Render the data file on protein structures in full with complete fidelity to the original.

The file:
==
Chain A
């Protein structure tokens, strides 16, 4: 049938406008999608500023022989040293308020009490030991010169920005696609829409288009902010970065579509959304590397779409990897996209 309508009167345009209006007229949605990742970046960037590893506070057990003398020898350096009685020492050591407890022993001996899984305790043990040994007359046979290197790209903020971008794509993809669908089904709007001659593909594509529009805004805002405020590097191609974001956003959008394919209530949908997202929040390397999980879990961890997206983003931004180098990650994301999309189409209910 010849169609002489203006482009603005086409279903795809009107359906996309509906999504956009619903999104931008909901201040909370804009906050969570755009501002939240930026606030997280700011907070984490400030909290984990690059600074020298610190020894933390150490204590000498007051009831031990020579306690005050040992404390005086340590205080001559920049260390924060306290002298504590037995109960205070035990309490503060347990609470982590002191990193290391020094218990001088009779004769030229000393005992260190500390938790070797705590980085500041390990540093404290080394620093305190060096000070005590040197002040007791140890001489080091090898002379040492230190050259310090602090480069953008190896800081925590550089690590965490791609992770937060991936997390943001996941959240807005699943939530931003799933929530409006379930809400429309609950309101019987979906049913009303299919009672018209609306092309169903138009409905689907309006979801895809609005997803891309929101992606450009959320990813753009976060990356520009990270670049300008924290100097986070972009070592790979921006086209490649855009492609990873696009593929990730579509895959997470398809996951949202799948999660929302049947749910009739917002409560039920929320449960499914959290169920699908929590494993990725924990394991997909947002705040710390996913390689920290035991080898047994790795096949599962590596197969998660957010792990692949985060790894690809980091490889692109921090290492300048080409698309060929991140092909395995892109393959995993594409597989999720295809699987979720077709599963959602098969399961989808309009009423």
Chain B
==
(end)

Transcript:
Chain A
């Protein structure tokens, strides 16, 4: 049938406008999608500023022989040293308020009490030991010169920005696609829409288009902010970065579509959304590397779409990897996209 309508009167345009209006007229949605990742970046960037590893506070057990003398020898350096009685020492050591407890022993001996899984305790043990040994007359046979290197790209903020971008794509993809669908089904709007001659593909594509529009805004805002405020590097191609974001956003959008394919209530949908997202929040390397999980879990961890997206983003931004180098990650994301999309189409209910 010849169609002489203006482009603005086409279903795809009107359906996309509906999504956009619903999104931008909901201040909370804009906050969570755009501002939240930026606030997280700011907070984490400030909290984990690059600074020298610190020894933390150490204590000498007051009831031990020579306690005050040992404390005086340590205080001559920049260390924060306290002298504590037995109960205070035990309490503060347990609470982590002191990193290391020094218990001088009779004769030229000393005992260190500390938790070797705590980085500041390990540093404290080394620093305190060096000070005590040197002040007791140890001489080091090898002379040492230190050259310090602090480069953008190896800081925590550089690590965490791609992770937060991936997390943001996941959240807005699943939530931003799933929530409006379930809400429309609950309101019987979906049913009303299919009672018209609306092309169903138009409905689907309006979801895809609005997803891309929101992606450009959320990813753009976060990356520009990270670049300008924290100097986070972009070592790979921006086209490649855009492609990873696009593929990730579509895959997470398809996951949202799948999660929302049947749910009739917002409560039920929320449960499914959290169920699908929590494993990725924990394991997909947002705040710390996913390689920290035991080898047994790795096949599962590596197969998660957010792990692949985060790894690809980091490889692109921090290492300048080409698309060929991140092909395995892109393959995993594409597989999720295809699987979720077709599963959602098969399961989808309009009423």
Chain B